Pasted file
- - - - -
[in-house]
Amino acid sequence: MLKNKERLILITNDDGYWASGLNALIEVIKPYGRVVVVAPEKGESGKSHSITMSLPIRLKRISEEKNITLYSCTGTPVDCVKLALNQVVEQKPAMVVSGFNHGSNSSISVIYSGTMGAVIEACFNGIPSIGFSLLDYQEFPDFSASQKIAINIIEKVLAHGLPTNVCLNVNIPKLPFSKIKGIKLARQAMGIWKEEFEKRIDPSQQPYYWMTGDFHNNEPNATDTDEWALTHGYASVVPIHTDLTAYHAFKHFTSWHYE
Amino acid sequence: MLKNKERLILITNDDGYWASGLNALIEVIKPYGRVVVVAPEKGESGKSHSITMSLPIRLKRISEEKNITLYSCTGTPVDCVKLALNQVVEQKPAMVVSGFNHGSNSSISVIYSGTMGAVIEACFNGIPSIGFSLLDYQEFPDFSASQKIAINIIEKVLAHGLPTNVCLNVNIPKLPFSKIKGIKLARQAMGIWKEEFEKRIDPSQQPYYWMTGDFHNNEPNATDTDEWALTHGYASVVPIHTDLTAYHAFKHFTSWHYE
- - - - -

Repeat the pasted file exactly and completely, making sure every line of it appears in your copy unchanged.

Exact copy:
[in-house]
Amino acid sequence: MLKNKERLILITNDDGYWASGLNALIEVIKPYGRVVVVAPEKGESGKSHSITMSLPIRLKRISEEKNITLYSCTGTPVDCVKLALNQVVEQKPAMVVSGFNHGSNSSISVIYSGTMGAVIEACFNGIPSIGFSLLDYQEFPDFSASQKIAINIIEKVLAHGLPTNVCLNVNIPKLPFSKIKGIKLARQAMGIWKEEFEKRIDPSQQPYYWMTGDFHNNEPNATDTDEWALTHGYASVVPIHTDLTAYHAFKHFTSWHYE
Amino acid sequence: MLKNKERLILITNDDGYWASGLNALIEVIKPYGRVVVVAPEKGESGKSHSITMSLPIRLKRISEEKNITLYSCTGTPVDCVKLALNQVVEQKPAMVVSGFNHGSNSSISVIYSGTMGAVIEACFNGIPSIGFSLLDYQEFPDFSASQKIAINIIEKVLAHGLPTNVCLNVNIPKLPFSKIKGIKLARQAMGIWKEEFEKRIDPSQQPYYWMTGDFHNNEPNATDTDEWALTHGYASVVPIHTDLTAYHAFKHFTSWHYE